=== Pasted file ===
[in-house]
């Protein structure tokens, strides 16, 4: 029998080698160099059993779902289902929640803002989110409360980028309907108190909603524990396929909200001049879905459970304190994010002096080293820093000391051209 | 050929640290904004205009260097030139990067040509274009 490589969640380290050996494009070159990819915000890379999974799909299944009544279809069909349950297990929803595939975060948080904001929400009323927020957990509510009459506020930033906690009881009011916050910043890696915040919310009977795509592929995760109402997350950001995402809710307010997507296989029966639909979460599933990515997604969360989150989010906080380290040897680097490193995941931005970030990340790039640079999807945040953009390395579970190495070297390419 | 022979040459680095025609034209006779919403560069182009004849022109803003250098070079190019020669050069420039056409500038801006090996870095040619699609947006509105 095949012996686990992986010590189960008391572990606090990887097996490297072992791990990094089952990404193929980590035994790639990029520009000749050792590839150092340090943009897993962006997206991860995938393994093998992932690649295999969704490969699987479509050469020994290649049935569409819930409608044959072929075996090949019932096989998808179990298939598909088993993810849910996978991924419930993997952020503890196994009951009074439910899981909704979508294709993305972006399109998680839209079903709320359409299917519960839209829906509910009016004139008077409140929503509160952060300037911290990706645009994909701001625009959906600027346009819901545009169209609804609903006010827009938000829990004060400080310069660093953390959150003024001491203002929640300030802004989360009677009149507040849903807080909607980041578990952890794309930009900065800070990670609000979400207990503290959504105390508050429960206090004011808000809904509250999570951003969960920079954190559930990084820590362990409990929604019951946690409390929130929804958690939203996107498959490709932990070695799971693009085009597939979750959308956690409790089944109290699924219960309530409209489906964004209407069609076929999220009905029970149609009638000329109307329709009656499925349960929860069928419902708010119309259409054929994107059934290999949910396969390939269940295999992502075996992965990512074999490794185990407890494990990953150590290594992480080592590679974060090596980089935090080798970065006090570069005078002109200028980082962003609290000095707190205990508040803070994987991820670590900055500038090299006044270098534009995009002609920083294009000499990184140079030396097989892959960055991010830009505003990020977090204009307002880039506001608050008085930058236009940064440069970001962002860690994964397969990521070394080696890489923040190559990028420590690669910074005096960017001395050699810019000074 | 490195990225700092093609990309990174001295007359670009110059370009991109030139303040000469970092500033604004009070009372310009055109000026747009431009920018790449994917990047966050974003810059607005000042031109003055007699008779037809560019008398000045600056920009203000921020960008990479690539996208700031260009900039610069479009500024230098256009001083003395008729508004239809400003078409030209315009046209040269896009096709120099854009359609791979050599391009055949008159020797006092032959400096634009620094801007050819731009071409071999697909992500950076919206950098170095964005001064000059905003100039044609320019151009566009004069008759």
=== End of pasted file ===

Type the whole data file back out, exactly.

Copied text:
[in-house]
């Protein structure tokens, strides 16, 4: 029998080698160099059993779902289902929640803002989110409360980028309907108190909603524990396929909200001049879905459970304190994010002096080293820093000391051209 | 050929640290904004205009260097030139990067040509274009 490589969640380290050996494009070159990819915000890379999974799909299944009544279809069909349950297990929803595939975060948080904001929400009323927020957990509510009459506020930033906690009881009011916050910043890696915040919310009977795509592929995760109402997350950001995402809710307010997507296989029966639909979460599933990515997604969360989150989010906080380290040897680097490193995941931005970030990340790039640079999807945040953009390395579970190495070297390419 | 022979040459680095025609034209006779919403560069182009004849022109803003250098070079190019020669050069420039056409500038801006090996870095040619699609947006509105 095949012996686990992986010590189960008391572990606090990887097996490297072992791990990094089952990404193929980590035994790639990029520009000749050792590839150092340090943009897993962006997206991860995938393994093998992932690649295999969704490969699987479509050469020994290649049935569409819930409608044959072929075996090949019932096989998808179990298939598909088993993810849910996978991924419930993997952020503890196994009951009074439910899981909704979508294709993305972006399109998680839209079903709320359409299917519960839209829906509910009016004139008077409140929503509160952060300037911290990706645009994909701001625009959906600027346009819901545009169209609804609903006010827009938000829990004060400080310069660093953390959150003024001491203002929640300030802004989360009677009149507040849903807080909607980041578990952890794309930009900065800070990670609000979400207990503290959504105390508050429960206090004011808000809904509250999570951003969960920079954190559930990084820590362990409990929604019951946690409390929130929804958690939203996107498959490709932990070695799971693009085009597939979750959308956690409790089944109290699924219960309530409209489906964004209407069609076929999220009905029970149609009638000329109307329709009656499925349960929860069928419902708010119309259409054929994107059934290999949910396969390939269940295999992502075996992965990512074999490794185990407890494990990953150590290594992480080592590679974060090596980089935090080798970065006090570069005078002109200028980082962003609290000095707190205990508040803070994987991820670590900055500038090299006044270098534009995009002609920083294009000499990184140079030396097989892959960055991010830009505003990020977090204009307002880039506001608050008085930058236009940064440069970001962002860690994964397969990521070394080696890489923040190559990028420590690669910074005096960017001395050699810019000074 | 490195990225700092093609990309990174001295007359670009110059370009991109030139303040000469970092500033604004009070009372310009055109000026747009431009920018790449994917990047966050974003810059607005000042031109003055007699008779037809560019008398000045600056920009203000921020960008990479690539996208700031260009900039610069479009500024230098256009001083003395008729508004239809400003078409030209315009046209040269896009096709120099854009359609791979050599391009055949008159020797006092032959400096634009620094801007050819731009071409071999697909992500950076919206950098170095964005001064000059905003100039044609320019151009566009004069008759």